Posted: 8 June 2017, 2:20 p.m. EDT
Speaker: Moderator Scott Fancher, senior vice president of program management and integration and development programs, Boeing; Naveed Hussain, vice president of aeromechanics technology, Boeing; Aaron Robinson, senior manager of environmental strategy and sustainability, United Airlines; Donna Senft, chief scientist, Air Mobility Command, U.S. Air Force
Duane Hyland, AIAA Communications
The aerospace industry needs to keep up with the disruption it faces on numerous fronts, from affordable means of transport to the new fuels and nonpolluting technologies and potential for supersonic capabilities, a panel of experts said June 8 during “Innovation and Disruption Opportunities for Civil and Military Transport Acquisitions and Operations” at the 2017 AIAA AVIATION Forum in Denver.
“How do we take advantage of new innovations?” asked Scott Fancher, senior vice president of program management and integration and development programs at Boeing. “How do we identify the risks that come with those opportunities and manage them in a way that allows us to continue to go forward to provide products that ensure the safety of the traveling public and the defense of our nations around the world?”
Fancher asked each of the panelists to briefly summarize where they saw disruption occurring in their particular sectors. Donna Senft, chief scientist with the U.S. Air Force’s Air Mobility Command, said for her, the intersection of artificial intelligence and autonomy is “exciting,” as is the question of how to incorporate those things into an airframe.
Aaron Robinson, senior manager of environmental strategy and sustainability at United Airlines, said he is excited by the “possibility of getting back to the supersonic age.” He said it “creates new market opportunities, allowing us to fly faster and farther than is now possible.”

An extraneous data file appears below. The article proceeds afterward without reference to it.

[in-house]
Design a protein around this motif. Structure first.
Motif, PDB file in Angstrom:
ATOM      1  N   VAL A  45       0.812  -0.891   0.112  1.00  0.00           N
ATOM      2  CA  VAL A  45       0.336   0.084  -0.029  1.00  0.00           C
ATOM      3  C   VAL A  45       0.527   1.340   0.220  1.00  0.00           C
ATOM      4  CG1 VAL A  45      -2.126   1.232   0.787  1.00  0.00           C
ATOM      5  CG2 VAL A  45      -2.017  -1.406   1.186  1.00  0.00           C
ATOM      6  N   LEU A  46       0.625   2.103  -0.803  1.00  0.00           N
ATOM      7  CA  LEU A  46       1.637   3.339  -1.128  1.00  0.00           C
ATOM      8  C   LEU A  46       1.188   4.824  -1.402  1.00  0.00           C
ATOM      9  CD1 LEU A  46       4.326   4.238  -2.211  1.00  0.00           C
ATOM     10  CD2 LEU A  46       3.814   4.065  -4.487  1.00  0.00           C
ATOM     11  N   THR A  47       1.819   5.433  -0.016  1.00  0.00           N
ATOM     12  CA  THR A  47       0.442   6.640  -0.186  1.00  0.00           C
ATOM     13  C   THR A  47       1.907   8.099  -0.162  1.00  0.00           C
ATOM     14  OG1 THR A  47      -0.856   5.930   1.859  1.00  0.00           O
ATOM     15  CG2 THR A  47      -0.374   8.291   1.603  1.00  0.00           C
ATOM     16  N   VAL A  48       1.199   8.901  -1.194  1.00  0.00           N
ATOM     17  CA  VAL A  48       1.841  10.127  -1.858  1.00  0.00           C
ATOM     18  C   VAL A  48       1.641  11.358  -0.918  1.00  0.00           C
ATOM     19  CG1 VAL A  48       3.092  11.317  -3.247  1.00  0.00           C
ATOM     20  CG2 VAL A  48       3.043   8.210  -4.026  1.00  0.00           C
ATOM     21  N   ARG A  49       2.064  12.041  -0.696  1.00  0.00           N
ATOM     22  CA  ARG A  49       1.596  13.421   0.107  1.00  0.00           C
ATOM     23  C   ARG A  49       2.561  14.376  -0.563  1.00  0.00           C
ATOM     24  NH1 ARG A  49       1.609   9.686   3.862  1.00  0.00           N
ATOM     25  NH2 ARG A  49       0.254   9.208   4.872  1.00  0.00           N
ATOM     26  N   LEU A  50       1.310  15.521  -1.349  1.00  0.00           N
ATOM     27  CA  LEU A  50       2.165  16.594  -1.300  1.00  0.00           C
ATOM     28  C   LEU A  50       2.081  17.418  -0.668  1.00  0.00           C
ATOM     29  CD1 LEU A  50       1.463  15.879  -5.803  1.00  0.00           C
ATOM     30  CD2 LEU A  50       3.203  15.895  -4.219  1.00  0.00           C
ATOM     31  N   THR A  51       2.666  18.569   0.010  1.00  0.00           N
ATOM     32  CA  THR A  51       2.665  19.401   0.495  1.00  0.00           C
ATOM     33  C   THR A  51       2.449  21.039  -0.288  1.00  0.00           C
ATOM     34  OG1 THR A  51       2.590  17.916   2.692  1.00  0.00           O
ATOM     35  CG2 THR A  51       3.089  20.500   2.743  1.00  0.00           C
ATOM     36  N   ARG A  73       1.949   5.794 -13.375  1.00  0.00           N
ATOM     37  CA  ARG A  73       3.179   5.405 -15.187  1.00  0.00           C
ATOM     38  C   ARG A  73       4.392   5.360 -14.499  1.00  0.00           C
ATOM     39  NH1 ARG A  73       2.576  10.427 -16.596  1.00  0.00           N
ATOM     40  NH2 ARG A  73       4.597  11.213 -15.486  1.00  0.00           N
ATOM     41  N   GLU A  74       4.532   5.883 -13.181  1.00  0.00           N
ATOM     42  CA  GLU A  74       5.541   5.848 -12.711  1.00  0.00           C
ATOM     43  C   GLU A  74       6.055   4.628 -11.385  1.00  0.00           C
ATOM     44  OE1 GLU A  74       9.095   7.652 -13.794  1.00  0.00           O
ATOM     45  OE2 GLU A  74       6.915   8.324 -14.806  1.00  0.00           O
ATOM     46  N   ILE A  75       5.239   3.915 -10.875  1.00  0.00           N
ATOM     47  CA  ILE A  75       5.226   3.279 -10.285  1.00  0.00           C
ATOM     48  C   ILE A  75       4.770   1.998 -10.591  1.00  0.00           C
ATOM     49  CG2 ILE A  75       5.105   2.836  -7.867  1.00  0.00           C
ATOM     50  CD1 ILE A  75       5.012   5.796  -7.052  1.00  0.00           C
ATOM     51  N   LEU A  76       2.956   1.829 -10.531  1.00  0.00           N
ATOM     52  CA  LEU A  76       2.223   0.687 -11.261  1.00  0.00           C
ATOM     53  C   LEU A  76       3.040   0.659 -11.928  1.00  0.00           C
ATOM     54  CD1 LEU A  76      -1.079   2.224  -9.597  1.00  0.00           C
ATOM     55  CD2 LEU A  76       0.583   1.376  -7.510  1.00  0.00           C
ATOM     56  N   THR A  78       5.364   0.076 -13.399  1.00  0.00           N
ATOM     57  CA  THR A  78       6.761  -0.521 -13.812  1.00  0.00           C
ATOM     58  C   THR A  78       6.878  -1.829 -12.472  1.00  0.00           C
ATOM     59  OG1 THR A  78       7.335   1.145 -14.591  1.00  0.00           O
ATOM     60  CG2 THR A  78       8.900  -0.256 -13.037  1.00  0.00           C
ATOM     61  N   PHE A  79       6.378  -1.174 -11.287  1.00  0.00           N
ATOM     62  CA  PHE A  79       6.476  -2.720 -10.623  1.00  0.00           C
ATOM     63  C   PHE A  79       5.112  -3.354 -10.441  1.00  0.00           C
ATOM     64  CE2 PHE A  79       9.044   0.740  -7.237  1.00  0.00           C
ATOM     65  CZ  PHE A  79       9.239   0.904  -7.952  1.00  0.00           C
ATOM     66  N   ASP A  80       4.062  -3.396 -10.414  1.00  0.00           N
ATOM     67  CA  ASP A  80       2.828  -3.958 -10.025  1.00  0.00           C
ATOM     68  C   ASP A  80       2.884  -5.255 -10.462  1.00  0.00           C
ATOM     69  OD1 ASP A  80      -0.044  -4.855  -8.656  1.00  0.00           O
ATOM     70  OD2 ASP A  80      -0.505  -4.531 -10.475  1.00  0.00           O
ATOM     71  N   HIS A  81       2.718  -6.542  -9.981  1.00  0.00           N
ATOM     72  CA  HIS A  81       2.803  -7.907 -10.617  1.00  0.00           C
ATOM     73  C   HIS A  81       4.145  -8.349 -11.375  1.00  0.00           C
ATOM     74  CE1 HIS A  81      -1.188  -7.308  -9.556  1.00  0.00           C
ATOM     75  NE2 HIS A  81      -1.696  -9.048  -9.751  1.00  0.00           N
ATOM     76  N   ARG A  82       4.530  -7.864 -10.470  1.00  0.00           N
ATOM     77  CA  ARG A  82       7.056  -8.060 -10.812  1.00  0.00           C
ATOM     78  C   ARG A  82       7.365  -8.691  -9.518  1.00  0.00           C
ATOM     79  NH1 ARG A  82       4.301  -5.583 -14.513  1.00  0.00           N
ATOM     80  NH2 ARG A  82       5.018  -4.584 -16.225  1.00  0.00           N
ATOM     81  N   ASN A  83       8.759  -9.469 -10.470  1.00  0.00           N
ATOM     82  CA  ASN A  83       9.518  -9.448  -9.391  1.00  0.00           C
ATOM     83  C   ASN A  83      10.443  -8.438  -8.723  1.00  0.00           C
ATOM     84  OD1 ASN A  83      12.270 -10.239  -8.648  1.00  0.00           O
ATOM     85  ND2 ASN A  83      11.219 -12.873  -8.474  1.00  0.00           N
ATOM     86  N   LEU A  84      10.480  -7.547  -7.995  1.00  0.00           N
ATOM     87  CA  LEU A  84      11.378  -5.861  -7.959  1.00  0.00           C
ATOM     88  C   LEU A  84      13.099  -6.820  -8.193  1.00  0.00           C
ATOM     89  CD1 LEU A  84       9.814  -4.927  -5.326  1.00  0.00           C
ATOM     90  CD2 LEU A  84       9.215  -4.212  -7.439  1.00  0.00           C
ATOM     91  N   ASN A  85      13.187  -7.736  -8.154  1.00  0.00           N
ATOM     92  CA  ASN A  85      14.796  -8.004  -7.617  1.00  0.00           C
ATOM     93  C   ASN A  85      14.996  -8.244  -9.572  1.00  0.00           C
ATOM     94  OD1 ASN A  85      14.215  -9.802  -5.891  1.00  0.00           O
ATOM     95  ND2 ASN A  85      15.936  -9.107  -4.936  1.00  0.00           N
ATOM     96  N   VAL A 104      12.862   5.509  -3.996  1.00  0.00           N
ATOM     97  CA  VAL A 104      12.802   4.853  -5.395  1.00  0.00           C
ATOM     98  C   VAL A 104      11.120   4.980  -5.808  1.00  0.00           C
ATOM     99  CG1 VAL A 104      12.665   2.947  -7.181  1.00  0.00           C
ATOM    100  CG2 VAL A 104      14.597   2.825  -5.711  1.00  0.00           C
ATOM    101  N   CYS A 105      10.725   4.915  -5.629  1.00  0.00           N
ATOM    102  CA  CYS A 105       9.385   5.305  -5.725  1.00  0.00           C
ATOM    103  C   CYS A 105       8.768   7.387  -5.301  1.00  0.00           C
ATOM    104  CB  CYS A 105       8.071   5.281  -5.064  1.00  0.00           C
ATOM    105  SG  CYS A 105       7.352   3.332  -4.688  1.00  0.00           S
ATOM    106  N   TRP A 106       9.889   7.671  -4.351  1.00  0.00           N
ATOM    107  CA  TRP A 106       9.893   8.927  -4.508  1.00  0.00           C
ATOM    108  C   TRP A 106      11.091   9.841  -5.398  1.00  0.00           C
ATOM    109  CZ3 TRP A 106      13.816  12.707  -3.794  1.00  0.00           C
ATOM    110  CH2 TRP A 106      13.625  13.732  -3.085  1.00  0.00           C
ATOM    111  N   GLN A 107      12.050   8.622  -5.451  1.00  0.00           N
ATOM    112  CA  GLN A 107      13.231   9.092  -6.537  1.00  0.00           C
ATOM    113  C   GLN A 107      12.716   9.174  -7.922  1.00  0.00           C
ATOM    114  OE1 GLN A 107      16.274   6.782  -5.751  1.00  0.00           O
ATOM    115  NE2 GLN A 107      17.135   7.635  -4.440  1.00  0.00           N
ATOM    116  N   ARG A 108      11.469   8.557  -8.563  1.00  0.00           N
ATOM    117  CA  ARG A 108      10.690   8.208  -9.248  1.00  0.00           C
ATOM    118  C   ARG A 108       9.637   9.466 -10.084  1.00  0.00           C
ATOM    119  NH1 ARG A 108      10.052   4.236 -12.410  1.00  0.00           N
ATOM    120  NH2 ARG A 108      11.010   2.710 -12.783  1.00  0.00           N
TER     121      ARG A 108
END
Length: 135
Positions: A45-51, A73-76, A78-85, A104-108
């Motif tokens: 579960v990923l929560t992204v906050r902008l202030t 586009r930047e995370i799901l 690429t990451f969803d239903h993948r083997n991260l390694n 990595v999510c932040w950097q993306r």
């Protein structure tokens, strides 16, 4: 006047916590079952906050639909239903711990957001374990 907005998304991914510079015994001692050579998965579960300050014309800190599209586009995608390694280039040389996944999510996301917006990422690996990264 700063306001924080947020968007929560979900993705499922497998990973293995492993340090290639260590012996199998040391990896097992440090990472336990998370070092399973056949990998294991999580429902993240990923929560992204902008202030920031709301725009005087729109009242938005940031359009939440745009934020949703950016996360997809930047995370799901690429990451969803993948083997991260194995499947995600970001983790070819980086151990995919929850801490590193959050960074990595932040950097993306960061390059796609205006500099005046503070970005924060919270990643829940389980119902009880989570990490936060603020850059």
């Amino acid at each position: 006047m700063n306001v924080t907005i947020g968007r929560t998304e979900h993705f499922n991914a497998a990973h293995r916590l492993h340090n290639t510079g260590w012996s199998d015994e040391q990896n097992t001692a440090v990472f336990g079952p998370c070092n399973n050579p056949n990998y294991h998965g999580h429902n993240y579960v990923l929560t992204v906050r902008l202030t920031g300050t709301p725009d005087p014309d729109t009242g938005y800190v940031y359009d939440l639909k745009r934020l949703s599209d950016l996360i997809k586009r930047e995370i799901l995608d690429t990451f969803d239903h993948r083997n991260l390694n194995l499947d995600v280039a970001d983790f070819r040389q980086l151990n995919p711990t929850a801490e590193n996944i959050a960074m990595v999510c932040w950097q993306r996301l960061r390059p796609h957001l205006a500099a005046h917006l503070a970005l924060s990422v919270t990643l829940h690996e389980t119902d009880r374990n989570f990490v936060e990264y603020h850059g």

Naveed Hussain, vice president of aeromechanics technology at Boeing, said autonomous systems and all the possibilities they hold excite him.
Participants in the panel discussion, “Innovation and Disruption Opportunities for Civil and Military Transport Acquisitions and Operations,” June 8 at the 2017 AIAA AVIATION Forum in Denver.
But the panelists noted that there are challenges that come with these new technologies.
“How do we make systems integration easier, quicker and cheaper?” Senft asked.
Robinson asked: “How do we get the customer to accept it?”
And Hussain wondered about the speed at which technology develops, especially unmanned aircraft, which he said “grow at the speed of cellphone technology and are the fruit flies of the aerospace life cycle.”
Looking forward, the panelists saw more disruption on the horizon, from figuring out how to expand the use of additive manufacturing technology to new ways of offering intercity aerial ridesharing to creating a system that can learn in real time.
“When we … widen the design space beyond the tube and wing, we can win. There’s winning configurations out there,” Hussain said. “We can think of the constraints, but it doesn’t necessarily put an upward limit on performance. We can find a solution.”
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